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Middle East stories
Don't forget the Jordanians
June 20, 2013
When Cindy and I arrived in Amman six years ago, many international aid agencies were focused on Iraqi refugees in Jordan – families who had fled the unstable aftermath of the 1991 and 2003 wars in Iraq.
Today, while tens of thousands of Iraqis remain in Jordan, it is Syrian refugees who are creating the biggest footprint in this small country of 6.5 million people.
Some 560,000 refugees have flooded into Jordan since the fighting began in Syria in March 2011. The United Nations estimates that the numbers could swell to more than 1 million by the end of 2013.
While a quarter of the Syrians live in the sprawling Za’atri refugee camp in northern Jordan, the majority are “urban refugees.” Syrian-plated cars dot the streets of most major cities in Jordan, where Syrian families like our neighbors in the Jabal Webdah neighborhood of Amman try to survive in a new country.
The Syrians are arriving even as Jordan muddles through its own version of the so-called Arab Spring.
Long-simmering tensions between the minority Bedouin tribes of Jordan and the majority Palestinian population, which arrived as refugees in Jordan after the Arab-Israeli wars of 1948 and 1967, are now threatening to split the country apart.
Tension between the Syrian refugees and host Jordanian communities is on the rise as well, as new immigrants compete with Jordanians for scarce jobs, housing, water, medical care and other resources.
The generosity of MCC constituents in responding to the refugee crisis has been extraordinary.
In the past two years, MCC has shipped 8,413 relief kits, 19,560 hygiene kits, 61,381 school kits and 39,546 blankets to MCC partners Caritas Jordan and the Greek Orthodox Patriarchate.*
But this crisis is in its third year, with no end in sight. Can MCC expect such generosity to continue if this conflict wears on for several more years?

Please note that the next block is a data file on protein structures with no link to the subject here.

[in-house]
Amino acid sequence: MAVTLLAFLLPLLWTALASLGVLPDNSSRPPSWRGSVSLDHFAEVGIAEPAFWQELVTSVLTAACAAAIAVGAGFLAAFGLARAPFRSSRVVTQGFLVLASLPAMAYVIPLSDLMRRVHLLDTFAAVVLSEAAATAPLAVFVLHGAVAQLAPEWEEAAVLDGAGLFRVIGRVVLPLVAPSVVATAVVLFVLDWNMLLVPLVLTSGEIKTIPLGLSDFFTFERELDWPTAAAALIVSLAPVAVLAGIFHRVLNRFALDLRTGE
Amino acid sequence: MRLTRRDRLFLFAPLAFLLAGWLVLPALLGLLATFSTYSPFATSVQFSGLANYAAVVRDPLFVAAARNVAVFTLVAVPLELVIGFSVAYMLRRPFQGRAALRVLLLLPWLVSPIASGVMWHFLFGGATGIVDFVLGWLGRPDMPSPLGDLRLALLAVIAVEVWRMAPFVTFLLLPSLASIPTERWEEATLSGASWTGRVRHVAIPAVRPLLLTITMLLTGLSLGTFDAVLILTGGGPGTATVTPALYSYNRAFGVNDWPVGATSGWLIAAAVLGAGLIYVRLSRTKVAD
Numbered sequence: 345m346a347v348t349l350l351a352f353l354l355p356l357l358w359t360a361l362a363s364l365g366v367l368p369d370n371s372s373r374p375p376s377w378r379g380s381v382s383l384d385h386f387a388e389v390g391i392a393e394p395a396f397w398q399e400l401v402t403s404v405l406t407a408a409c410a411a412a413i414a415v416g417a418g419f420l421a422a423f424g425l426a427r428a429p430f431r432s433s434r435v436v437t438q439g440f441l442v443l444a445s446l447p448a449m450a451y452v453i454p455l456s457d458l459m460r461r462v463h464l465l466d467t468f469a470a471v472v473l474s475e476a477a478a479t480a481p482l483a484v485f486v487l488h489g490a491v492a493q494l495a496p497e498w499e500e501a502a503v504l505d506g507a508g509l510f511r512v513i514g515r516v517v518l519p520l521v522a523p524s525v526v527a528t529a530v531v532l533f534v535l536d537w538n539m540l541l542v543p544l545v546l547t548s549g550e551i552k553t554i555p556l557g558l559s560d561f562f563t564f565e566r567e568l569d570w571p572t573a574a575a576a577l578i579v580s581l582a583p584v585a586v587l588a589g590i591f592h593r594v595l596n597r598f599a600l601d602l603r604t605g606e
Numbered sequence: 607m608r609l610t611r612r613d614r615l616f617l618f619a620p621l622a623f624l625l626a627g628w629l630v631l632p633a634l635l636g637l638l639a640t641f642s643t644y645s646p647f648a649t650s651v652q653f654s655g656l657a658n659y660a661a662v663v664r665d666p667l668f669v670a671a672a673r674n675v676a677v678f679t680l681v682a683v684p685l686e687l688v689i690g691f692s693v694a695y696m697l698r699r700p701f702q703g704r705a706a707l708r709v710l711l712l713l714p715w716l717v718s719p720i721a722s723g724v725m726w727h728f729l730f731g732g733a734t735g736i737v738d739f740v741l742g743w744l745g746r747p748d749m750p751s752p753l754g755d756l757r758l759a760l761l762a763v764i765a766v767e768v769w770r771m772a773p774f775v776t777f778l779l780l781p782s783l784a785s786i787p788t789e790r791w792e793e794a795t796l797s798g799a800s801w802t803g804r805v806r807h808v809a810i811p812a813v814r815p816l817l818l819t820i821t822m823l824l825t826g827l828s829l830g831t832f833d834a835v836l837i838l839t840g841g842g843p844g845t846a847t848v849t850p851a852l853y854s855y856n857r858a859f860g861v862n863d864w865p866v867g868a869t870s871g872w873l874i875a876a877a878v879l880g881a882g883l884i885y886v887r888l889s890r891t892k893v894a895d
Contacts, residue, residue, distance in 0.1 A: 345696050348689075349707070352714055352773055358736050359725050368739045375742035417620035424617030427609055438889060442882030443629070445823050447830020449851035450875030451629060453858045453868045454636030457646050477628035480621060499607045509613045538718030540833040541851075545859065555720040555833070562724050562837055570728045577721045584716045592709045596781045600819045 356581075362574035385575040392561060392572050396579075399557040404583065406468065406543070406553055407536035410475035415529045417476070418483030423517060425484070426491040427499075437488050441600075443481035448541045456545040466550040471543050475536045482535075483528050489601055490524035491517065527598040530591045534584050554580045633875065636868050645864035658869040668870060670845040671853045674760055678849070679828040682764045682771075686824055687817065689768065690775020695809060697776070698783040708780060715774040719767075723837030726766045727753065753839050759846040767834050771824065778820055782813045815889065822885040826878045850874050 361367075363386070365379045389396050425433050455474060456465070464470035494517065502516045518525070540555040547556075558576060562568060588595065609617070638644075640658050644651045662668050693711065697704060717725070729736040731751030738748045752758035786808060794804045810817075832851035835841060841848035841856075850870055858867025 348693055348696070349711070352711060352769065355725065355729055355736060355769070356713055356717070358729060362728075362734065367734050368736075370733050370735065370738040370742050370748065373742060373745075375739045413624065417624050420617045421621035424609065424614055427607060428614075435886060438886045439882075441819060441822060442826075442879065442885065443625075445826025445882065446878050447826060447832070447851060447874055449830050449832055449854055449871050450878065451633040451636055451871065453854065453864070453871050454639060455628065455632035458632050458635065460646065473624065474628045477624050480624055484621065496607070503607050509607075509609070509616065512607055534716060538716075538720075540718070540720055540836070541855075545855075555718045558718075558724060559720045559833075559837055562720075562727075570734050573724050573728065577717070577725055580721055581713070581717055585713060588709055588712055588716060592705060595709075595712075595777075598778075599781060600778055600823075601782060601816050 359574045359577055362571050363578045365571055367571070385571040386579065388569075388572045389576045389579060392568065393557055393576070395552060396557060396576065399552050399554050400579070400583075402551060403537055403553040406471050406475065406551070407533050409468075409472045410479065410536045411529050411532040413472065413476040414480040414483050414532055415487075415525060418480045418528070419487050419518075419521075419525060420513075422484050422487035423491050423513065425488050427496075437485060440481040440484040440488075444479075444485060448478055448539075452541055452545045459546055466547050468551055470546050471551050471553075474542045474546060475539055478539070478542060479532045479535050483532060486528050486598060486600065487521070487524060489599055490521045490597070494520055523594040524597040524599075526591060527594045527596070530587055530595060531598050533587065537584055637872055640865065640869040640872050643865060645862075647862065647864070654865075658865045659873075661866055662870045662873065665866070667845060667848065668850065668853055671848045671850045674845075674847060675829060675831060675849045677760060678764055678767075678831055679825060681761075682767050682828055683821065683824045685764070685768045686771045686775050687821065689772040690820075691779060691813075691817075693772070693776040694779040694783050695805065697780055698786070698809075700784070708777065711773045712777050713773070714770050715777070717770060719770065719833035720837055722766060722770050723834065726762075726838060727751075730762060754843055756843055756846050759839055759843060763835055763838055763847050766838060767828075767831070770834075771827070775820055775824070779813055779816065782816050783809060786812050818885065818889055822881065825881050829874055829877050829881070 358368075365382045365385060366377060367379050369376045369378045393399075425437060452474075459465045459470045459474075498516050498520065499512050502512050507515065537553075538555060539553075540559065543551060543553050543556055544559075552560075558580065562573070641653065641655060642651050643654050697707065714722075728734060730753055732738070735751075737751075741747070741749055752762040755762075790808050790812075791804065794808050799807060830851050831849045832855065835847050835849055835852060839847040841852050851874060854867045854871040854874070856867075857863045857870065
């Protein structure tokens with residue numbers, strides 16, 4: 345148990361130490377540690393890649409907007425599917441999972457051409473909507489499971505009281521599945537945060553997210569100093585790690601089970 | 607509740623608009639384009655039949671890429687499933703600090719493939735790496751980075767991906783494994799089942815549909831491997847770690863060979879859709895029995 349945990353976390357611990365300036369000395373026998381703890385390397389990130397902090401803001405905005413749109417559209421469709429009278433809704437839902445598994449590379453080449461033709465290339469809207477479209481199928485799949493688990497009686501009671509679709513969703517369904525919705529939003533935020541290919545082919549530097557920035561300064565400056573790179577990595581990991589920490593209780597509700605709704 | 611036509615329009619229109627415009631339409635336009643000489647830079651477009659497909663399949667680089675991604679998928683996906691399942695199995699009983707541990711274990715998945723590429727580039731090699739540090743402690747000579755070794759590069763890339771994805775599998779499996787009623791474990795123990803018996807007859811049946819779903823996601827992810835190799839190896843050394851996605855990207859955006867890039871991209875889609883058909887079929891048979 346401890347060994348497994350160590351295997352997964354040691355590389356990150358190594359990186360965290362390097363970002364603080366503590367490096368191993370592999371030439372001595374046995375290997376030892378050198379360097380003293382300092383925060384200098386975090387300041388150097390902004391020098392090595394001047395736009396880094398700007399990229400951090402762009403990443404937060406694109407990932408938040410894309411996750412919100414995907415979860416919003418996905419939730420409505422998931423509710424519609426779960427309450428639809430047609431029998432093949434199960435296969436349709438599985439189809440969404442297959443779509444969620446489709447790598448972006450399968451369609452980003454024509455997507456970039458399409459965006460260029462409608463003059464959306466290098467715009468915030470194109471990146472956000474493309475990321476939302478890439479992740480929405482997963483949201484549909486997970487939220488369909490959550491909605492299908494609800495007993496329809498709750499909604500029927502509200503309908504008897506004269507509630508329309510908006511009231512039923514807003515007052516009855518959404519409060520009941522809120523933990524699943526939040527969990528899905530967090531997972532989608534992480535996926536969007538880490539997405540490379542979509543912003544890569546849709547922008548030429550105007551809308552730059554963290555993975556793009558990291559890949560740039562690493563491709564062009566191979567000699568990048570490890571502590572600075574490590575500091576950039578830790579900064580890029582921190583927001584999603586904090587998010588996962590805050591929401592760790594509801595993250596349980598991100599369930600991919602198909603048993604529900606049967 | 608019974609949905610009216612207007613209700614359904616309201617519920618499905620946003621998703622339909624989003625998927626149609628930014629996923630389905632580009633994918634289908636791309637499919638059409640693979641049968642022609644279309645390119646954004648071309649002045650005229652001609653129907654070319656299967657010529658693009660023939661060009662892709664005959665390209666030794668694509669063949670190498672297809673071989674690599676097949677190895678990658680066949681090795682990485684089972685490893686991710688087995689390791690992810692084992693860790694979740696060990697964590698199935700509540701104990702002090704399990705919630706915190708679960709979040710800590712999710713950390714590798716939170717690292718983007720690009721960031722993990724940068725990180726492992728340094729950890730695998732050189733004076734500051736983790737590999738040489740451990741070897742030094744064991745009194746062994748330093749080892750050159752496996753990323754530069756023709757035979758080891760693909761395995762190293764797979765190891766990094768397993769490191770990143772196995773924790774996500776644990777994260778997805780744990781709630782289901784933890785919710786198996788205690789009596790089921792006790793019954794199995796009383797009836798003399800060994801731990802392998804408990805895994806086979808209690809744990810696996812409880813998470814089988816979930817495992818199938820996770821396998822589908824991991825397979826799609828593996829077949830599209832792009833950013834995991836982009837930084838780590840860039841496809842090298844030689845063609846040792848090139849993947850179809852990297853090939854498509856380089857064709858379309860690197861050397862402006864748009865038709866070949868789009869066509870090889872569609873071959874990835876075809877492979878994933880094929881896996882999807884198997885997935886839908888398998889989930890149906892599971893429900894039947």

And distributing blankets and relief kits is far more complicated than we first imagined. International assistance can do more harm than good if delivery is seen to favor one vulnerable group over another.
At a recent visit to a Caritas Jordan distribution site in Huson, a Jordanian woman demanded to know why the international community was responding only to the needs of Syrian refugees, while ignoring the impact of this crisis on Jordanian families.
Fortunately, MCC partners in Jordan understand this dynamic and distribute items to vulnerable Jordanian refugees as well as to Syrian refugees.
As we leave Jordan to return to the United States, our hearts have been warmed by the generosity of Jordanians in welcoming so many refugees in their country.
But our hearts also feel heavy as we observe a society and infrastructure that seems strained to the breaking point by wave after wave of refugee arrivals.
What will happen next in Jordan as the country seeks to simultaneously manage a growing internal tension between its Bedouin and Palestinian communities, while absorbing an influx of Syrian refugees?
“Nobody knows!” one member of MCC Jordan’s advisory committee admitted at a recent meeting.
As MCC seeks to navigate this volatile situation, how can we work without making matters worse?
“Help the Syrians but don’t forget the Jordanians!” counseled another member of MCC Jordan’s advisory committee. “Don’t forget the Jordanians!”